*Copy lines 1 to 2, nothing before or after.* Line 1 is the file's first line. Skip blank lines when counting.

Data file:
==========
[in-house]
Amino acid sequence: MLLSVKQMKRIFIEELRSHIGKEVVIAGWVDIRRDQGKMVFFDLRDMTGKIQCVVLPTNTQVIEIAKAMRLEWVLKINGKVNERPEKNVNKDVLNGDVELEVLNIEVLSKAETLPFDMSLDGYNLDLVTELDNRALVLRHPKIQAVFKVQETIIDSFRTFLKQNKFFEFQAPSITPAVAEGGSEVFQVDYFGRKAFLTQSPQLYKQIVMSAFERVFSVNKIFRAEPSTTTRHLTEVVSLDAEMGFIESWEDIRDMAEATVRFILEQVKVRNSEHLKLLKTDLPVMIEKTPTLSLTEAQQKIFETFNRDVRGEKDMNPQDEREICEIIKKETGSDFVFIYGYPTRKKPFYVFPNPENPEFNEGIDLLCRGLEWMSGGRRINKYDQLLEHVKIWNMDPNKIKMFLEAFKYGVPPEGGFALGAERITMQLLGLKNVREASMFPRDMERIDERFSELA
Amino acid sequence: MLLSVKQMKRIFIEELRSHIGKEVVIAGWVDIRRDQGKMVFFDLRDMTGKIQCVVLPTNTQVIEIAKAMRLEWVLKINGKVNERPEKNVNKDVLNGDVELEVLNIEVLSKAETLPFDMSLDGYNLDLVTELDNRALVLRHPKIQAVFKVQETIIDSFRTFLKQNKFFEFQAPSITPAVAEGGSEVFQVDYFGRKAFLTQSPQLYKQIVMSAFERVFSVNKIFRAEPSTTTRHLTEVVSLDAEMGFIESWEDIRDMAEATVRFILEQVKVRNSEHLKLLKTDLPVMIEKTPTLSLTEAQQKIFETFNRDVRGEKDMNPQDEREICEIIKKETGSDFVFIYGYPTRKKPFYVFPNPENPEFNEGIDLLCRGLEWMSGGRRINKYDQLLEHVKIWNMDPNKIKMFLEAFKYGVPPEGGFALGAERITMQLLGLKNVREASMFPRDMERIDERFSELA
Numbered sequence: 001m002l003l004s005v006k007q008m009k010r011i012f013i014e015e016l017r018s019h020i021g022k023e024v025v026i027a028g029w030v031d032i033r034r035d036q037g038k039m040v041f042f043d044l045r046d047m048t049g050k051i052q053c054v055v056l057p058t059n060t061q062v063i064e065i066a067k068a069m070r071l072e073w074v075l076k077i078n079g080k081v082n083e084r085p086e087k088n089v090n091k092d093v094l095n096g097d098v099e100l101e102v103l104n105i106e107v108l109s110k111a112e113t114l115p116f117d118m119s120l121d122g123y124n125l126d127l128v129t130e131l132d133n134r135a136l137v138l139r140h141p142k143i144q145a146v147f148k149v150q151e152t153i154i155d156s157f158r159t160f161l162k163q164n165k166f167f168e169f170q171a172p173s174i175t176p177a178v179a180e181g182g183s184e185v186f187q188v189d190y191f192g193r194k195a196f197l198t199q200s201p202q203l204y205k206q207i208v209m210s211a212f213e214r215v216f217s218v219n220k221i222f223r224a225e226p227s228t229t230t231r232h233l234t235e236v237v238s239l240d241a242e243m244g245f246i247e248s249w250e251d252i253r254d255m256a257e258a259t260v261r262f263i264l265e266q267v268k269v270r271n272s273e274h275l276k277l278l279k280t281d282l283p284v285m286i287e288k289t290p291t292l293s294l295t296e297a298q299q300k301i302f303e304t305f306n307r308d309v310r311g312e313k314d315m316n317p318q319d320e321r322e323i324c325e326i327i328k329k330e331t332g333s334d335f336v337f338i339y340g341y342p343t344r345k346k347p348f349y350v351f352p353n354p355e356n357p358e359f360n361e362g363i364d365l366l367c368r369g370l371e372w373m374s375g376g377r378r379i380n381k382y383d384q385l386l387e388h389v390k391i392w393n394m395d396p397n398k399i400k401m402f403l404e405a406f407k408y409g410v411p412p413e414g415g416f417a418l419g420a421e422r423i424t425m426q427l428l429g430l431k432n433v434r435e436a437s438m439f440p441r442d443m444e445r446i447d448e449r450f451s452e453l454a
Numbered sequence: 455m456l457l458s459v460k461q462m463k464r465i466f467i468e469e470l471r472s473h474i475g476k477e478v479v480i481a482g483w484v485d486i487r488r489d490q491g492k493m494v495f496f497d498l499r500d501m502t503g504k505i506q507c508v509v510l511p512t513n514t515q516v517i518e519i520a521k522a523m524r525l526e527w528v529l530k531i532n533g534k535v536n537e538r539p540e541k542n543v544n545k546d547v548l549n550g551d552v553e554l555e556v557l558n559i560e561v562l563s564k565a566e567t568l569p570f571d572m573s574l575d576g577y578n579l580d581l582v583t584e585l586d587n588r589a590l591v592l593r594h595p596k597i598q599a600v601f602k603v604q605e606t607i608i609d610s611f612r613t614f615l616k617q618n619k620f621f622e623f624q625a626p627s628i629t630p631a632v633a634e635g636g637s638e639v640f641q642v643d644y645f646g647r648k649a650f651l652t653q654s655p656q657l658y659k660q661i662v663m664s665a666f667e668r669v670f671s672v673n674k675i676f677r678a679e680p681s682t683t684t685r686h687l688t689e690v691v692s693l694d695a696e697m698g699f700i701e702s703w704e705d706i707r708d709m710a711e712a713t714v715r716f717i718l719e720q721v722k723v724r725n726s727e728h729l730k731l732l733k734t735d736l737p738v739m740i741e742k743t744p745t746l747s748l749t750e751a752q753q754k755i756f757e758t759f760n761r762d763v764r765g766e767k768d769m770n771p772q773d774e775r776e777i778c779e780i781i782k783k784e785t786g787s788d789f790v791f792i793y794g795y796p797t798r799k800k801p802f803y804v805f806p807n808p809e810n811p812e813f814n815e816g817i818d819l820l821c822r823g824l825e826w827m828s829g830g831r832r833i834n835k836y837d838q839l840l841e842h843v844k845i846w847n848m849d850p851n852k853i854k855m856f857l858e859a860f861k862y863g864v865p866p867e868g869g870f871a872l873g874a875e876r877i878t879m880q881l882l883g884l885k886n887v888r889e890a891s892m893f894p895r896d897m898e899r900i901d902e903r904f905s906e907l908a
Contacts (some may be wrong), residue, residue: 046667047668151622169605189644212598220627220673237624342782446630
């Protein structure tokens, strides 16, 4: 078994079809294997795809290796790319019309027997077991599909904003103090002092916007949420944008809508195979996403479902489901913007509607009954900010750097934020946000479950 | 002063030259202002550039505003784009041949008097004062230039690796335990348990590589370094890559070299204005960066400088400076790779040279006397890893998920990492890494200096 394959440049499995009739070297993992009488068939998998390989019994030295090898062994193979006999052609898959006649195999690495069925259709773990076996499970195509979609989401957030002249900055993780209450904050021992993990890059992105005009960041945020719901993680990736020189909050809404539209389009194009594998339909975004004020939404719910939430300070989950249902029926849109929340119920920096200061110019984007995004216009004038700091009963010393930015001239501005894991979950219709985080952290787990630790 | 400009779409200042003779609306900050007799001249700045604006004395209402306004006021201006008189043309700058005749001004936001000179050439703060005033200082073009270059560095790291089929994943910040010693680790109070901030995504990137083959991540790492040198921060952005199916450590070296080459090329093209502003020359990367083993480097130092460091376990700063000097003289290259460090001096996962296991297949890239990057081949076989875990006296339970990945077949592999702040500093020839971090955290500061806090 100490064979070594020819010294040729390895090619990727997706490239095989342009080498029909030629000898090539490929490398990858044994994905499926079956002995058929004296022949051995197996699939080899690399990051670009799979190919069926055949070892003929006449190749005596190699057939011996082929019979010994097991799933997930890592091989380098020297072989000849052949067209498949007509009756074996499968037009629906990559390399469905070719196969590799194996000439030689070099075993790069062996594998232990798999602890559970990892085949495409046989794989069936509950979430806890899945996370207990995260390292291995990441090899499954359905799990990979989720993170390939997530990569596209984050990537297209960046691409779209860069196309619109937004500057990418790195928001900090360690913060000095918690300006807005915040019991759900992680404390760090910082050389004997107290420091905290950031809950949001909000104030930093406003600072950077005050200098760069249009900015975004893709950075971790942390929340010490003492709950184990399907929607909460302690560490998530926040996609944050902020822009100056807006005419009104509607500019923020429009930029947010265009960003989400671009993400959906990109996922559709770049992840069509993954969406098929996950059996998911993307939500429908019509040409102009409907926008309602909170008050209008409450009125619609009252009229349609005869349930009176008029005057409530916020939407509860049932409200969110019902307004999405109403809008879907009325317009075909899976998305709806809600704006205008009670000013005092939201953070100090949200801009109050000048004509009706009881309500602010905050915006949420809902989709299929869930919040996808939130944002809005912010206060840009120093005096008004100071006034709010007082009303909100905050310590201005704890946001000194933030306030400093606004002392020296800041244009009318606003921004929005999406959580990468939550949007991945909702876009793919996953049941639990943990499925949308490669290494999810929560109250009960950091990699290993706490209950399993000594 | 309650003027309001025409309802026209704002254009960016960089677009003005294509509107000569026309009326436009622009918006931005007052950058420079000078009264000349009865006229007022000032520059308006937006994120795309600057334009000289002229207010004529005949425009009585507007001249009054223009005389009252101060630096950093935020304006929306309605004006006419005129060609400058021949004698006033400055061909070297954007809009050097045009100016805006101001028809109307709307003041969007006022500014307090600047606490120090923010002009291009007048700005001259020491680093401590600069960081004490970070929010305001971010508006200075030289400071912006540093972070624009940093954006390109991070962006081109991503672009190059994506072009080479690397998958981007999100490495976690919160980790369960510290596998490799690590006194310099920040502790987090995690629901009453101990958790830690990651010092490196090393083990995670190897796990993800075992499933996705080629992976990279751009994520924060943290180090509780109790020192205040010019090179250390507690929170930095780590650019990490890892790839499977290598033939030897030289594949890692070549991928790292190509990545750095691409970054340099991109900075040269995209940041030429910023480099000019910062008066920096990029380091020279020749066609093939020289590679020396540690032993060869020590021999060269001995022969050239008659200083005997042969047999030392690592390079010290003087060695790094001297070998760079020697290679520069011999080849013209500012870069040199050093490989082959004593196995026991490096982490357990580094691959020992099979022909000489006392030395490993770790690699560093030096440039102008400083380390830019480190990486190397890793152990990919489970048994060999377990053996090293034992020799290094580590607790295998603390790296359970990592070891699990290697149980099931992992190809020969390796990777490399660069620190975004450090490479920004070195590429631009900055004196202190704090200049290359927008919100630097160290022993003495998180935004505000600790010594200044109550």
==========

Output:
[in-house]
Amino acid sequence: MLLSVKQMKRIFIEELRSHIGKEVVIAGWVDIRRDQGKMVFFDLRDMTGKIQCVVLPTNTQVIEIAKAMRLEWVLKINGKVNERPEKNVNKDVLNGDVELEVLNIEVLSKAETLPFDMSLDGYNLDLVTELDNRALVLRHPKIQAVFKVQETIIDSFRTFLKQNKFFEFQAPSITPAVAEGGSEVFQVDYFGRKAFLTQSPQLYKQIVMSAFERVFSVNKIFRAEPSTTTRHLTEVVSLDAEMGFIESWEDIRDMAEATVRFILEQVKVRNSEHLKLLKTDLPVMIEKTPTLSLTEAQQKIFETFNRDVRGEKDMNPQDEREICEIIKKETGSDFVFIYGYPTRKKPFYVFPNPENPEFNEGIDLLCRGLEWMSGGRRINKYDQLLEHVKIWNMDPNKIKMFLEAFKYGVPPEGGFALGAERITMQLLGLKNVREASMFPRDMERIDERFSELA